See Pitney Bowes Inc. v. Hewlett-Packard Co., 182 F.3d 1298, 1305 (Fed. Cir. 1999) (“[I]f the claim preamble is ‘necessary to give life, meaning, and vitality’ to the claim, then the claim preamble should be construed as if in the balance of the claim.”). See also Boehringer Ingelheim Vetmedica v. Schering-Plough Corp., 320 F.3d 1339, 1345 (Fed. Cir. 2003) (“[P]reamble language will limit the claim if it recites not merely a context in which the invention may be used, but the essence of the invention without which performance of the recited steps is nothing but an academic exercise.”).

Pitney Bowes, Inc. v. Hewlett-Packard Co., 182 F.3d 1298, 51 USPQ2d 1161 (Fed. Cir. 1999) 2111.02

AFFIRMED-IN-PART
Tech Center 2100 Computer Architecture and Software
2166 Ex Parte Alcorn et al 11737928 - (D) SIU 102 102/103 IBM CORP. (WSM) c/o WINSTEAD P.C. OBERLY, VAN HONG

AFFIRMED
Tech Center 1700 Chemical & Materials Engineering
1765 Ex Parte Coalter et al 12032892 - (D) TORCZON 103 The Dow Chemical Company LU, C CAIXIA

1776 Ex Parte Kiener et al 12297666 - (D) GAUDETTE 103 CONNOLLY BOVE LODGE & HUTZ, LLP JONES, CHRISTOPHER P

An obviousness rejection predicated on selection of one or more components from numerous possible choices may be appropriate if the prior art provides direction as to which of many possible choices is likely to be successful. See PharmaStem Therapeutics, Inc. v. ViaCell, Inc., 491 F.3d 1342, 1364 (Fed Cir. 2007). The fact that a reference “discloses a multitude of effective combinations does not render any particular formulation less obvious.” Merck & Co., Inc. v. Biocraft Labs, 874 F.2d 804, 808 (Fed. Cir. 1989) (citing In re Corkill, 771 F.2d 1496, 1500 (Fed.Cir.1985) (obviousness rejection of claims affirmed in light of prior art teaching that “hydrated zeolites will work” in detergent formulations, even though “the inventors selected the zeolites of the claims from among ‘thousands' of compounds”)); see also, In re Susi, 440 F.2d 442, 445 (CCPA 1971) (obviousness rejection affirmed where the disclosure of the prior art was “huge, but it undeniably include[d] at least some of the compounds recited in appellant's generic claims and [was] of a class of chemicals to be used for the same purpose as appellant's additives”).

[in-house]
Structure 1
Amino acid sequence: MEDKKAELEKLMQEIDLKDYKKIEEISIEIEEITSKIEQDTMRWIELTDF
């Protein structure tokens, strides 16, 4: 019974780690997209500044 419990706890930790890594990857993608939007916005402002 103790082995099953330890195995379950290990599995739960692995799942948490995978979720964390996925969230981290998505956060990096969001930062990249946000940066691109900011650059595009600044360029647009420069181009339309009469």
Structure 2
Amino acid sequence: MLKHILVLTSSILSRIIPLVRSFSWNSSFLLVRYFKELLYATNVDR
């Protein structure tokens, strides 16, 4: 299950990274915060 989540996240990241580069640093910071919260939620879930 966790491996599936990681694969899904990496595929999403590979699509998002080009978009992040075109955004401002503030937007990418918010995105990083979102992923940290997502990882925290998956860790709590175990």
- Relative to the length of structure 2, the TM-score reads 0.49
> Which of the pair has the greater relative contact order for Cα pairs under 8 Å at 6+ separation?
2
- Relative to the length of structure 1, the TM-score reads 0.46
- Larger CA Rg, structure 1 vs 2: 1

Merck & Co. v. Biocraft Laboratories, 874 F.2d 804, 10 USPQ2d 1843 (Fed. Cir. 1989) 716.02(a), 2123, 2144.05, 2144.08

Corkill, In re, 711 F.2d 1496, 226 USPQ 1005 (Fed. Cir. 1985) 716.02(a) , 2107.02

Susi, In re, 440 F.2d 442, 169 USPQ 423 (CCPA 1971) 2123, 2144.08

Tech Center 2100 Computer Architecture and Software
2141 Ex Parte McDaniel 11603462 - (D) SIU 103 SIEMENS CORPORATION ROSWELL, MICHAEL

Tech Center 2400 Networking, Multiplexing, Cable, and Security
2424 Ex Parte Hayhurst 10491511 - (D) SMITH 103 HANCOCK HUGHEY LLP HICKS, CHARLES N

2448 Ex Parte HILT 12965121 - (D) MacDONALD 251/102 FROMMER LAWRENCE & HAUG LUU, LE HIEN

The recapture rule prevents a patentee from regaining through reissue the subject matter that he surrendered in an effort to obtain allowance of the original claims. See Mentor Corp. v. Coloplast, Inc., 998 F.2d 992, 995 (Fed. Cir. 1993).

Mentor Corp. v. Coloplast, Inc., 998 F.2d 992, 27 USPQ2d 1521 (Fed. Cir. 1993) 1412.02

Tech Center 2600 Communications
2679 Ex Parte Lim et al 11240442 - (D) SIU 103 HEWLETT-PACKARD COMPANY YANG, RYAN R

Tech Center 2800 Semiconductors, Electrical and Optical Systems and Components
2876 Ex Parte Morris et al 10768711 - (D) KRIVAK 103 SHOEMAKER AND MATTARE, LTD HESS, DANIEL A

Tech Center 3700 Mechanical Engineering, Manufacturing, and Products & Design
3739 Ex Parte Scott 11238794 - (D) MILLS 102/103 INTUITIVE SURGICAL OPERATIONS GOOD, SAMANTHA M

Appellant argues that

MPEP §608.01(p) I.B., specifically states that limitations on incorporation by reference do not apply to establishing an earlier effective filing date. MPEP §608.01(p) I.B states: